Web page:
As a teenager, I supported Greenpeace. I wanted to save the world or a least preserve part of its beauty for future generations. I learned in horror of our disappearing rainforests and the affect it was having on wildlife, the environment and the ozone layer.
Many of the predictions taught in geography classes in the 1980s and 1990s have proven untrue. They told us that Ireland’s population was in decline, and although we were part of a baby boom and would have to pit ourselves against each other for places in college and jobs, that the birth rate would continue to drop and our children would have their pick of schools and colleges.
We are currently experiencing the greatest explosion in the population of Ireland since before the Great Famine. The average class size is currently over 30 pupils, and many children are being taught in inferior prefab buildings. Schools have to set limits on the age a child can begin school, in an attempt to manage class sizes.
What has this got to do with publishing, I hear you ask?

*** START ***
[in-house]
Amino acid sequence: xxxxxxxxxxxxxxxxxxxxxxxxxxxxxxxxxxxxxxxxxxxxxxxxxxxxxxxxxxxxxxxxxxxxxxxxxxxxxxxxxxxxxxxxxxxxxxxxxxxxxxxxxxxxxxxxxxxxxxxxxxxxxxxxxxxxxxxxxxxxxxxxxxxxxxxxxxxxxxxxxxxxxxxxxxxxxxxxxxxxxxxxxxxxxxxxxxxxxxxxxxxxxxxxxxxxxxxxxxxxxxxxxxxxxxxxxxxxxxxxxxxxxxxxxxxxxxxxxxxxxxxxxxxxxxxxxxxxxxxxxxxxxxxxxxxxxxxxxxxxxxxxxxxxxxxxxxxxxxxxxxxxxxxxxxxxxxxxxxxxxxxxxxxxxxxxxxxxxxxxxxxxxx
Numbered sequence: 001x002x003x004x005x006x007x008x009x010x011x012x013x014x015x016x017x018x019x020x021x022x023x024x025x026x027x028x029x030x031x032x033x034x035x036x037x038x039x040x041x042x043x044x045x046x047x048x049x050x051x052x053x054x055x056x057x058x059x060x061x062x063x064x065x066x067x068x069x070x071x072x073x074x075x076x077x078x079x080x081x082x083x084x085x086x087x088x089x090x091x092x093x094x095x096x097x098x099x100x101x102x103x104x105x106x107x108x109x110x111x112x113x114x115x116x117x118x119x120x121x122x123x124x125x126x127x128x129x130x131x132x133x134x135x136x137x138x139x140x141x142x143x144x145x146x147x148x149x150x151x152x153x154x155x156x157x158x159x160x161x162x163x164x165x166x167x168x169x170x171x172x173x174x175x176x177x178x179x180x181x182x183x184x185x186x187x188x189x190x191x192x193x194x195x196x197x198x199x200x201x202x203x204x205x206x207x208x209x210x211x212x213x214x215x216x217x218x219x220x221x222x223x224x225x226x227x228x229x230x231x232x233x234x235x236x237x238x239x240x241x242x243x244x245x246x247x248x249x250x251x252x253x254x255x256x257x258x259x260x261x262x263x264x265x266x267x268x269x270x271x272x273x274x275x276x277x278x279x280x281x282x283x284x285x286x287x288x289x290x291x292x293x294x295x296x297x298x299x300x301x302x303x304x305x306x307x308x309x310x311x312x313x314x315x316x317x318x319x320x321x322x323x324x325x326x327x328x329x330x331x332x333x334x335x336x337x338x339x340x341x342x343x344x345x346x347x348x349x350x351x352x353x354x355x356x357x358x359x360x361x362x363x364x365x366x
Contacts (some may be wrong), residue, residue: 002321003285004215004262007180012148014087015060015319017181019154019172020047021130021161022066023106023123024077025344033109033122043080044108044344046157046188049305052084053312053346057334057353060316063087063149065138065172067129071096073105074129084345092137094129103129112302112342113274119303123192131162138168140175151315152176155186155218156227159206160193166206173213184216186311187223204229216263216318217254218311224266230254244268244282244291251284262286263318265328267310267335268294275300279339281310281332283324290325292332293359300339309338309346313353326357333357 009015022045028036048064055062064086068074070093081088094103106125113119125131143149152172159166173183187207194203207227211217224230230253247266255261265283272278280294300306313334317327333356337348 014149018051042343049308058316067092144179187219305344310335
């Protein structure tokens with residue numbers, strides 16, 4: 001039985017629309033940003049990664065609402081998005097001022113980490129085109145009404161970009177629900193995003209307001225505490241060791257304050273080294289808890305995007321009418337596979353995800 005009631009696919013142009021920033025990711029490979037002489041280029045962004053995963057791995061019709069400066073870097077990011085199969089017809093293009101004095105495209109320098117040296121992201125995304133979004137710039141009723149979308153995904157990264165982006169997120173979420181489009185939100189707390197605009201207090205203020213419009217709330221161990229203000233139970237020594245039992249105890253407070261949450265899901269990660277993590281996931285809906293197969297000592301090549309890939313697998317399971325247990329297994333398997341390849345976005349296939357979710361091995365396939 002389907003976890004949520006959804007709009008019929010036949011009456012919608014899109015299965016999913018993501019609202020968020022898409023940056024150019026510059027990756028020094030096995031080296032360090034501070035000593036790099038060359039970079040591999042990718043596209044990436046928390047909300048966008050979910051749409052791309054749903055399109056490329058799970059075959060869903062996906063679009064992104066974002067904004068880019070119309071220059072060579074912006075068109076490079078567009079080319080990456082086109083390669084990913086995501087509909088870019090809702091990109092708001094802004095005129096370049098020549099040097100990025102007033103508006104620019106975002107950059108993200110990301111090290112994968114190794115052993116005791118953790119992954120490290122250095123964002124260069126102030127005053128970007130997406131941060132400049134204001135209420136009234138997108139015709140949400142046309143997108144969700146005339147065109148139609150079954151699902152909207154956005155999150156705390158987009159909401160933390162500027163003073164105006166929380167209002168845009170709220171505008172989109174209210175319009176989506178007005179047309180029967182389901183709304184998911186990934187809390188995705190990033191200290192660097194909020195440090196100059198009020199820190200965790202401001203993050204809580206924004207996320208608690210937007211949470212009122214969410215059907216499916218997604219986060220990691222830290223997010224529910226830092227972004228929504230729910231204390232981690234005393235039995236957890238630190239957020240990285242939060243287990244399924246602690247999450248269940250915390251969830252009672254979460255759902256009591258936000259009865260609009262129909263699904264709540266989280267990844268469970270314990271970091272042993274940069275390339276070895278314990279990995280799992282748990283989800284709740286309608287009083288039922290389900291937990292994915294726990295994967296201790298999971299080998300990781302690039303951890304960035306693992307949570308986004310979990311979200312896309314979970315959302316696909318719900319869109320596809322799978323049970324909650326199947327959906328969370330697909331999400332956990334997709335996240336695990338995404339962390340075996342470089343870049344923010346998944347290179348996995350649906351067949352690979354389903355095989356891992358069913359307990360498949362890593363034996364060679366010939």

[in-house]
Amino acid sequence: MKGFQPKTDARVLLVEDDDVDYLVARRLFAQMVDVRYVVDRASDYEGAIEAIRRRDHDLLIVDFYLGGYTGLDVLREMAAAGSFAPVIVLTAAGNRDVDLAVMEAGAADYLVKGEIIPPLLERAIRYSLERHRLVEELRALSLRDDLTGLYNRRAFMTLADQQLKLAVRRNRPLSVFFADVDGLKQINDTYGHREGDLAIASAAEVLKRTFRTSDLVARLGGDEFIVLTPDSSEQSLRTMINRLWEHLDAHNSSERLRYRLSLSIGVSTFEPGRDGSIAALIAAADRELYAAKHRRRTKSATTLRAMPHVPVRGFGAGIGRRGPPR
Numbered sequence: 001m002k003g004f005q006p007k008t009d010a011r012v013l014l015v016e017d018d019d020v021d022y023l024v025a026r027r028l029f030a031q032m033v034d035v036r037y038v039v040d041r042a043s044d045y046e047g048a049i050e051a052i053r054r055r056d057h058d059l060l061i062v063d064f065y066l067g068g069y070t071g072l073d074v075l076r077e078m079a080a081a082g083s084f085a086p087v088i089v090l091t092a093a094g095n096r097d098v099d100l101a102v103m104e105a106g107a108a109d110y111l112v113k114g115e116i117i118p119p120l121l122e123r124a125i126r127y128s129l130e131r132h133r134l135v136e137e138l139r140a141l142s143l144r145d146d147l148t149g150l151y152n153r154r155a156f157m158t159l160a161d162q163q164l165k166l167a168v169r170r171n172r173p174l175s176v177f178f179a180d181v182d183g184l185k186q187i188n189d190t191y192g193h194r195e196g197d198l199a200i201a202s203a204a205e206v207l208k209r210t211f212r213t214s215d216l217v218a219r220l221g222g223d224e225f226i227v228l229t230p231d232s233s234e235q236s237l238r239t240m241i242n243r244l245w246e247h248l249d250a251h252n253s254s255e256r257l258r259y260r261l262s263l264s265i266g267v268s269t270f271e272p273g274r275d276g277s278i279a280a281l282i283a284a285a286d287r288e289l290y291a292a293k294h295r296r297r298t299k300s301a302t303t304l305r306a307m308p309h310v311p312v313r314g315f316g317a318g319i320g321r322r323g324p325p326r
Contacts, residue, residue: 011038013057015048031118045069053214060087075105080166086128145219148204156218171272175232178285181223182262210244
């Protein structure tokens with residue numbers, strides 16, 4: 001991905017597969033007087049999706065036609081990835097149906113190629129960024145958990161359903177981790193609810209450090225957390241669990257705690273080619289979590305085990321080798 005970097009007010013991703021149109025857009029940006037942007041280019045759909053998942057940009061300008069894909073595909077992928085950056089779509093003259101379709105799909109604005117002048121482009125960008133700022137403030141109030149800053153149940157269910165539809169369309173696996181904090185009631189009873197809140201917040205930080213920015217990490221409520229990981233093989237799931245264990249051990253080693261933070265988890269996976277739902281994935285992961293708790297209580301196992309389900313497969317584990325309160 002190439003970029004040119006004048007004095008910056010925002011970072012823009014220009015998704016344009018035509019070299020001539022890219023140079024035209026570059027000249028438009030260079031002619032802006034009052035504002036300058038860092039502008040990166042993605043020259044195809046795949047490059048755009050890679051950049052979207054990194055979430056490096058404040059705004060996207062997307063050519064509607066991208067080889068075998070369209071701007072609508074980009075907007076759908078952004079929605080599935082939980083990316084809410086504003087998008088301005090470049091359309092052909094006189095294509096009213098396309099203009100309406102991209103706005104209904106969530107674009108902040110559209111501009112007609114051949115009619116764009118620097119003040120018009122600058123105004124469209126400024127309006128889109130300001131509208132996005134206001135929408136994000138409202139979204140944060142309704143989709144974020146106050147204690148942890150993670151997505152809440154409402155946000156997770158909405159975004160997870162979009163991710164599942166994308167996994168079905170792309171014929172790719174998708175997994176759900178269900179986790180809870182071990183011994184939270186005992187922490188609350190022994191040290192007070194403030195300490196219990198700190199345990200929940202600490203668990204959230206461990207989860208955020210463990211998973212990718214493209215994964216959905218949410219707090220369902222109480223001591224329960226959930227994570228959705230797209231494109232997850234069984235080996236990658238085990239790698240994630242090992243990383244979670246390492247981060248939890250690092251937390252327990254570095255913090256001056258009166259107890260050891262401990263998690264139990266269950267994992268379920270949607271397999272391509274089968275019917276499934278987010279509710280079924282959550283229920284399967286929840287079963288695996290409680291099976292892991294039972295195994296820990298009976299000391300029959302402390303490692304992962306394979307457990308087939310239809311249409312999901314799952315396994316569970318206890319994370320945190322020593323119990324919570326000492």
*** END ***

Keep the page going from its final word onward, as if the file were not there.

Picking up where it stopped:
Another prediction that we were taught was that everyone would operate in a paperless office by the time the 21st century came around. In the late 90s it seemed to be heading that way, as companies enthusiastically embraced the internet and email. It certainly has changed the business climate, but has it created a paperless office? Not at Maverick anyhow.
The mountain of paperwork that arrives on my desk on a daily basis engulfs me and I struggle to keep control of it. My recycle bin fills and overflows regularly.
Similarly, the imminent demise of the book has also been exaggerated. Over the last few years we have heard predictions of e-books and how publishers should be quaking in their boots about the advent of the e-book; How people will shun their books in favour of reading on their computers, iPods and other devices.
I get the feeling the ‘experts’ have got it wrong again, and you can quote me on this. It won’t happen in my lifetime. Watch this space...
Jean, the MD.